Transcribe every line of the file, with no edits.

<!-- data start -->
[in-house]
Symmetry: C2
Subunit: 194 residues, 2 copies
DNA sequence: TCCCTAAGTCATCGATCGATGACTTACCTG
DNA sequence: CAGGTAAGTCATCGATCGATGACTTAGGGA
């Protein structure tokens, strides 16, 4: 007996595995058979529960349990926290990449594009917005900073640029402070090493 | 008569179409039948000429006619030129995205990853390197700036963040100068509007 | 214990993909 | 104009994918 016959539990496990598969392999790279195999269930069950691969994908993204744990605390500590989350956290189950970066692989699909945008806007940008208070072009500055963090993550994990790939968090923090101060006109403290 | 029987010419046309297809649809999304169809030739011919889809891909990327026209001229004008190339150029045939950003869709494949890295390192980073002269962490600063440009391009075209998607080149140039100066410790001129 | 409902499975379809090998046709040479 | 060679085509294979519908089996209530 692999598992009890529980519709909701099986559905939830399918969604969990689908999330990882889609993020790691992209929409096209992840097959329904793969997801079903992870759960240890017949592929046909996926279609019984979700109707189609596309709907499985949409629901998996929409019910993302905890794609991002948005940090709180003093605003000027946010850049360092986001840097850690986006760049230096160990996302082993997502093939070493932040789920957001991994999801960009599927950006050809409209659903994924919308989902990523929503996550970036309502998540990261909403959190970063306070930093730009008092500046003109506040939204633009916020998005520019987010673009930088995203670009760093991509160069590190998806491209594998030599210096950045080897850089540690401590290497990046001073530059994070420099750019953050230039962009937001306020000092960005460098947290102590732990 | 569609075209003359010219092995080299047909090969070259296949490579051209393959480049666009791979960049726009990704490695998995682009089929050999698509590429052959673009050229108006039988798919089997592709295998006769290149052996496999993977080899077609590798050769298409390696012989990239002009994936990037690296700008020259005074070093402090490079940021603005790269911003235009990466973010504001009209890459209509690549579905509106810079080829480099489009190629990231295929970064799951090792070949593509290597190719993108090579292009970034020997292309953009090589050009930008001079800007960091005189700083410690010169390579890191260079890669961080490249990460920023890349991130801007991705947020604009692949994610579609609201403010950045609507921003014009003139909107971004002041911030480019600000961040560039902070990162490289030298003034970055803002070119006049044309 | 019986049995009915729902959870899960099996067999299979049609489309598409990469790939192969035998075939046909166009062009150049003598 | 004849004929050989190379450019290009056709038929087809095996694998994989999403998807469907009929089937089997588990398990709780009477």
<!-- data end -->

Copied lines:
[in-house]
Symmetry: C2
Subunit: 194 residues, 2 copies
DNA sequence: TCCCTAAGTCATCGATCGATGACTTACCTG
DNA sequence: CAGGTAAGTCATCGATCGATGACTTAGGGA
């Protein structure tokens, strides 16, 4: 007996595995058979529960349990926290990449594009917005900073640029402070090493 | 008569179409039948000429006619030129995205990853390197700036963040100068509007 | 214990993909 | 104009994918 016959539990496990598969392999790279195999269930069950691969994908993204744990605390500590989350956290189950970066692989699909945008806007940008208070072009500055963090993550994990790939968090923090101060006109403290 | 029987010419046309297809649809999304169809030739011919889809891909990327026209001229004008190339150029045939950003869709494949890295390192980073002269962490600063440009391009075209998607080149140039100066410790001129 | 409902499975379809090998046709040479 | 060679085509294979519908089996209530 692999598992009890529980519709909701099986559905939830399918969604969990689908999330990882889609993020790691992209929409096209992840097959329904793969997801079903992870759960240890017949592929046909996926279609019984979700109707189609596309709907499985949409629901998996929409019910993302905890794609991002948005940090709180003093605003000027946010850049360092986001840097850690986006760049230096160990996302082993997502093939070493932040789920957001991994999801960009599927950006050809409209659903994924919308989902990523929503996550970036309502998540990261909403959190970063306070930093730009008092500046003109506040939204633009916020998005520019987010673009930088995203670009760093991509160069590190998806491209594998030599210096950045080897850089540690401590290497990046001073530059994070420099750019953050230039962009937001306020000092960005460098947290102590732990 | 569609075209003359010219092995080299047909090969070259296949490579051209393959480049666009791979960049726009990704490695998995682009089929050999698509590429052959673009050229108006039988798919089997592709295998006769290149052996496999993977080899077609590798050769298409390696012989990239002009994936990037690296700008020259005074070093402090490079940021603005790269911003235009990466973010504001009209890459209509690549579905509106810079080829480099489009190629990231295929970064799951090792070949593509290597190719993108090579292009970034020997292309953009090589050009930008001079800007960091005189700083410690010169390579890191260079890669961080490249990460920023890349991130801007991705947020604009692949994610579609609201403010950045609507921003014009003139909107971004002041911030480019600000961040560039902070990162490289030298003034970055803002070119006049044309 | 019986049995009915729902959870899960099996067999299979049609489309598409990469790939192969035998075939046909166009062009150049003598 | 004849004929050989190379450019290009056709038929087809095996694998994989999403998807469907009929089937089997588990398990709780009477």